We could hear crickets and being so much away from the main habitation, it was a very brilliant setting to have a good and delightful conversation with Mr. Singh and we moved on to more fascinating topics. Over the next many hours, we talked about Kumaon and Garhwal, how they were two warring states and the story behind 17th Sep, which is celebrated as ‘Sadbhawna Diwas’. These stories were a great start to our King Kumaon trip and we could not have asked for more. When Mr. Singh told us about the victory of Kumaon and the story about sharing pumpkins over bonfire as a celebration of the victory, we knew that it is going to be on interesting trip.
We called it a night after not so long and were looking forward to waking up for catching an early morning sun-rise, late morning not being the choice.
As promised, here are some more pictures of the property. Bunty’s Cottage is at the height of 2300 meters and attracts snow. If you come here in the winters, you would enjoy more of solitude amid the snowed Himalayan peaks.
Loos are humble and clean. There is no running hot water but the staff is prompt to sneak a bucket-full of water from the window, on demand.
Lounge which can be a good place to build conversations or to have a cosy drink in winters.
I do not find any pics of the rooms. They were decent sized, having a Queen double bed, sheets were not crisp but clean and the woolen quilts/blankets were warm enough though a little heavy for comfort.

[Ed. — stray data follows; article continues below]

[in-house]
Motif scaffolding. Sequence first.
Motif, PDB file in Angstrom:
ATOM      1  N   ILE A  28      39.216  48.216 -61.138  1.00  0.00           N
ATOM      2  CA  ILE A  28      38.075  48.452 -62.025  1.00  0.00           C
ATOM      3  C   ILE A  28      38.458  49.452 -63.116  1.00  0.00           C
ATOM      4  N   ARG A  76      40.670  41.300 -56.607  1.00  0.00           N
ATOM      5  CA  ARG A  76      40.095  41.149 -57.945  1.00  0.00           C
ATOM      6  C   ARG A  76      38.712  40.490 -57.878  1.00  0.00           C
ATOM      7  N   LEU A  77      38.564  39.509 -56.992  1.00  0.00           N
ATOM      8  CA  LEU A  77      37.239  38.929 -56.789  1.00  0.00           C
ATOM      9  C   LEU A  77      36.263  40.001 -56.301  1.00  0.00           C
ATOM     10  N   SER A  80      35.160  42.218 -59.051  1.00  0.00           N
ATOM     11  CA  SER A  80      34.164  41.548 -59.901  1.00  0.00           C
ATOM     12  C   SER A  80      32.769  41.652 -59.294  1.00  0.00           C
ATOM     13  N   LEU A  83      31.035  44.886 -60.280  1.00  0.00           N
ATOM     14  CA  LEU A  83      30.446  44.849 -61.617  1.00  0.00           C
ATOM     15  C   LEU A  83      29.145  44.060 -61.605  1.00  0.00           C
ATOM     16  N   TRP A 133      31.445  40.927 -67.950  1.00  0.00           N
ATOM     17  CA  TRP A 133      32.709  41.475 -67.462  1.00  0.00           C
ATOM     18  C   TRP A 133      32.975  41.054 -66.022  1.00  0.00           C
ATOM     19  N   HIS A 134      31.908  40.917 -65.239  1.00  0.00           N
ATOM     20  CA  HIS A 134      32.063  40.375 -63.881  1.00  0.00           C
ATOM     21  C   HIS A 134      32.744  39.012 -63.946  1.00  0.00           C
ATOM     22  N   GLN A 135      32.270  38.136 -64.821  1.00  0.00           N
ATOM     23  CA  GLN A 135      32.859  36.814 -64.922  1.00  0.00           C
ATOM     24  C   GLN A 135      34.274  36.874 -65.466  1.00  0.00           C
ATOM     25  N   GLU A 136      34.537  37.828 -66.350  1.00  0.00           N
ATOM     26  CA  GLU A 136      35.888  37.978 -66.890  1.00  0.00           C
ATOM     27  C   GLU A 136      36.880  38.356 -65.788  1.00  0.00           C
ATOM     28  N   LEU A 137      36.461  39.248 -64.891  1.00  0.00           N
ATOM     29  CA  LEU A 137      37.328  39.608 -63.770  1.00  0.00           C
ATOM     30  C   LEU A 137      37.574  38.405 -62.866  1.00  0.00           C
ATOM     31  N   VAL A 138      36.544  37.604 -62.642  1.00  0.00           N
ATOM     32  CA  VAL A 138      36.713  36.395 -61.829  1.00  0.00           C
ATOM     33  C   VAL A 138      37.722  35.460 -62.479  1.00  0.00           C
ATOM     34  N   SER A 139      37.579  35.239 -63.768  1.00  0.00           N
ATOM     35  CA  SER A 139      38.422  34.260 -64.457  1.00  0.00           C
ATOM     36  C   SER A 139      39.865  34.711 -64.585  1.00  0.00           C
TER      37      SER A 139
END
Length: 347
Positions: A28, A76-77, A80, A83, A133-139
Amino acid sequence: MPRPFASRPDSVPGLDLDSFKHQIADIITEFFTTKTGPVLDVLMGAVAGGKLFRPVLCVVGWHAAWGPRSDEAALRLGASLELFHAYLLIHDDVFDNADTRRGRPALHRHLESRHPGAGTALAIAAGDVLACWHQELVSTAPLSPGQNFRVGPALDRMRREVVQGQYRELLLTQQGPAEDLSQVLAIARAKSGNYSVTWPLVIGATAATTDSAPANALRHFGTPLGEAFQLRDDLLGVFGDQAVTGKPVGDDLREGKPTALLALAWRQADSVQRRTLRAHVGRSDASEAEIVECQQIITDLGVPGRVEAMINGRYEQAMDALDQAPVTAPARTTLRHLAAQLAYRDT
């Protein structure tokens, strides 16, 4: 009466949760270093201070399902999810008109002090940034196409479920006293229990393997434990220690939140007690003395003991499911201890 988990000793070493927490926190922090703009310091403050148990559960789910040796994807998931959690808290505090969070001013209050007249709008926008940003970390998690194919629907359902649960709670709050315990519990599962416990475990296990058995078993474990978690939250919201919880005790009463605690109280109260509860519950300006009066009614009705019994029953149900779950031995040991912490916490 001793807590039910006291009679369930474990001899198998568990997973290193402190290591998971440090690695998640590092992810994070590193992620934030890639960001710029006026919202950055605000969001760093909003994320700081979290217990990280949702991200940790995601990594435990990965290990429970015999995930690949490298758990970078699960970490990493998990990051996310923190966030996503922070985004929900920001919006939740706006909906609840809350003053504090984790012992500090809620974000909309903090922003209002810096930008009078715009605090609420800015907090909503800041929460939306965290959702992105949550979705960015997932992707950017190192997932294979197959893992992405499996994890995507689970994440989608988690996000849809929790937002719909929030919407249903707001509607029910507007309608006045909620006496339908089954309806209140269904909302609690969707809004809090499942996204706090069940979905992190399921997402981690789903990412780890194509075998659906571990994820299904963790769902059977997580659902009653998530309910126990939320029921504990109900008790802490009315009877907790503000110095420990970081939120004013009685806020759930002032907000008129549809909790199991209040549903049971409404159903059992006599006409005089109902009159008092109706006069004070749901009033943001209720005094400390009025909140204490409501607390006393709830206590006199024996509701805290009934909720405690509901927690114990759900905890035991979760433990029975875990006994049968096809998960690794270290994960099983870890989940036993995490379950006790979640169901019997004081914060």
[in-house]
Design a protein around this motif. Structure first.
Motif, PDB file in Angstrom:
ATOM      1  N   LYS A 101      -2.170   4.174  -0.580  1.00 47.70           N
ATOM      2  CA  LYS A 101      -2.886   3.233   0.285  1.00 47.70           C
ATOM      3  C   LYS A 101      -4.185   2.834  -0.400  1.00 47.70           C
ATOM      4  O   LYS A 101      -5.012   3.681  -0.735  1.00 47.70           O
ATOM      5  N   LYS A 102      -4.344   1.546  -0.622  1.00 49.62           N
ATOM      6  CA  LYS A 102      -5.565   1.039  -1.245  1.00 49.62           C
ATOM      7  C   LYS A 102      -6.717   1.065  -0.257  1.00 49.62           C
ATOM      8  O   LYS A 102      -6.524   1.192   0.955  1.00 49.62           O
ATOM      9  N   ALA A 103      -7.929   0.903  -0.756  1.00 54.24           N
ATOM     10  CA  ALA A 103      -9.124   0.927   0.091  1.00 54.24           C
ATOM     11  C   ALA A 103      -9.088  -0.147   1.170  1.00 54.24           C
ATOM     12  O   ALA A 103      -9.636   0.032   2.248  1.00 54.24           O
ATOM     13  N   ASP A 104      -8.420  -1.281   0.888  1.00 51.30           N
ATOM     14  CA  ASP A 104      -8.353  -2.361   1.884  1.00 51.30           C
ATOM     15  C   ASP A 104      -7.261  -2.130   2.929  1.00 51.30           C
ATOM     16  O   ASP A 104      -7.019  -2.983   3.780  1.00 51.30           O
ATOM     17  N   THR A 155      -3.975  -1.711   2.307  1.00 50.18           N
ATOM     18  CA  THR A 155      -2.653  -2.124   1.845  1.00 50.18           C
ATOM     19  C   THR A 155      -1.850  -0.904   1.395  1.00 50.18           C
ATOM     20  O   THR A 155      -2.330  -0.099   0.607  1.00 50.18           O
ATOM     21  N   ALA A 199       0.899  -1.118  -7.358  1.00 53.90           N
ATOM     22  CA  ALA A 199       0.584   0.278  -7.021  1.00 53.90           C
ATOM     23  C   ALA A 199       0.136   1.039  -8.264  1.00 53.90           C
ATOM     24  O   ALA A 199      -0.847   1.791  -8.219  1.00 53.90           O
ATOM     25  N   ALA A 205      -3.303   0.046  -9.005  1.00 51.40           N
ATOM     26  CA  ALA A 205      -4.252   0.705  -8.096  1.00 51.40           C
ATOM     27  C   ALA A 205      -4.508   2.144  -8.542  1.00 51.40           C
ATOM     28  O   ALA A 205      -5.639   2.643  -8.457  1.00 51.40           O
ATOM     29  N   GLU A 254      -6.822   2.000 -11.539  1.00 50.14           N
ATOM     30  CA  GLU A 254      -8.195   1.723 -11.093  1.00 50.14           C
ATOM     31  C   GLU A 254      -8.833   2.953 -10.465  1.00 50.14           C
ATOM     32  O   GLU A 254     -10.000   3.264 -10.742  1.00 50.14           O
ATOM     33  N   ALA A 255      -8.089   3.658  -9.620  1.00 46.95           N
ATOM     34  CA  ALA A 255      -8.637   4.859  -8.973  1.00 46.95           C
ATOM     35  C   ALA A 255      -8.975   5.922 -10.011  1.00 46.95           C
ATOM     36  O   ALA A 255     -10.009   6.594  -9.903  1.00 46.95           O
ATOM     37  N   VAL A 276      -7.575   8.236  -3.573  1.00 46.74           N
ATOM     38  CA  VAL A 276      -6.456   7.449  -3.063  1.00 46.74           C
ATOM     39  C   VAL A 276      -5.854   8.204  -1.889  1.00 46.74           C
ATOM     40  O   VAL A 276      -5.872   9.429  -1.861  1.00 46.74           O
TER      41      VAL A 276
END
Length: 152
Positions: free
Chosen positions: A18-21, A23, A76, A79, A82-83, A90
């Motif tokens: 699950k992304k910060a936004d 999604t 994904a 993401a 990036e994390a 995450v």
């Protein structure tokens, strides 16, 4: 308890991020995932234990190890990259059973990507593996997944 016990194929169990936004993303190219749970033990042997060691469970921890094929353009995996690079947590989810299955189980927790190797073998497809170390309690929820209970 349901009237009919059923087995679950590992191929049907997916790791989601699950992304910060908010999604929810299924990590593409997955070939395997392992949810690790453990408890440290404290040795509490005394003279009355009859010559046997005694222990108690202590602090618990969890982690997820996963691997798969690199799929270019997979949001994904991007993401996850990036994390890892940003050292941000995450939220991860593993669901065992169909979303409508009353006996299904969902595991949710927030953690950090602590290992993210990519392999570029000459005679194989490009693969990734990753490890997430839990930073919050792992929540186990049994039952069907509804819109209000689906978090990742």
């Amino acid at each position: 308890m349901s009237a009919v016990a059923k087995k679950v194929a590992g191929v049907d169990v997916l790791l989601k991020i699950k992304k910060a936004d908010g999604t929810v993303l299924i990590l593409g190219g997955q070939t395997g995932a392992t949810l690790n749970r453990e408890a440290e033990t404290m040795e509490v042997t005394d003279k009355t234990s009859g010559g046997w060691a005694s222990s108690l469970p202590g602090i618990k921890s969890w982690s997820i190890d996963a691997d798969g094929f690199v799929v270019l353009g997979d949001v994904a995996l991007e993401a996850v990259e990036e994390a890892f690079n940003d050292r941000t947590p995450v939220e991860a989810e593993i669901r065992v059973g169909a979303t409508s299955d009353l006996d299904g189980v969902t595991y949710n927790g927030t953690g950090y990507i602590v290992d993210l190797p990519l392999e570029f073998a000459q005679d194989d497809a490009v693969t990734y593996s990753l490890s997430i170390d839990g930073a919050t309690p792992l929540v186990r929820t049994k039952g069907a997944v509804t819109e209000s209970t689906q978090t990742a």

The large dining hall which is still in making. If you would notice, the talented hostess is creating a full wall mural, being sculpted using PoP and Cement.
Right where we parked our car, the place from where we got the famous sun-set shots, one can also pitch tents. If you have a large group then there is quite a clearing to put 5-6 big tents, with attached loo.
There are no great places close-by to warrant a sight-seeing sojourn but there can be enough if you are fond of walking. Bunty would love to put together a small trek for you.
There is Internet on request. I didn’t get Tata Indicom or Reliance Signal there but phone works mostly. Get your own booze. Tariff is INR 1000 per person per day on double occupancy, includes three meals. The place can host 6 (in 3 Rooms) people in rooms and many more in tents so you would never hit into a big group there.
My friend and his wife got up and they got some shots of Panchachuli peaks. I missed those but they were kind enough to share the pics with us. We had to leave for our next destination and we were warned of poor roads so we decided to leave early after a hearty breakfast of Poori and Aaloo ki Sabzi. We could leave only by 12 and this time the plan was to reach Chaukori via Patal Bhuvneshar. So in the next episode, we would go through the picturesque Kumaon, learn more about the remote roads and how they have to dig roads and make water channels so as to stop the road from getting washed away and realize that out here even a great geological phenomenon gets a elaborate mythological interpretation.
All this in more as we drive out of the scenic Abbott Mount towards Lohaghat, Gangolihat, Patal Bhuvneshwar, Berinag and then all the way to Chaukori.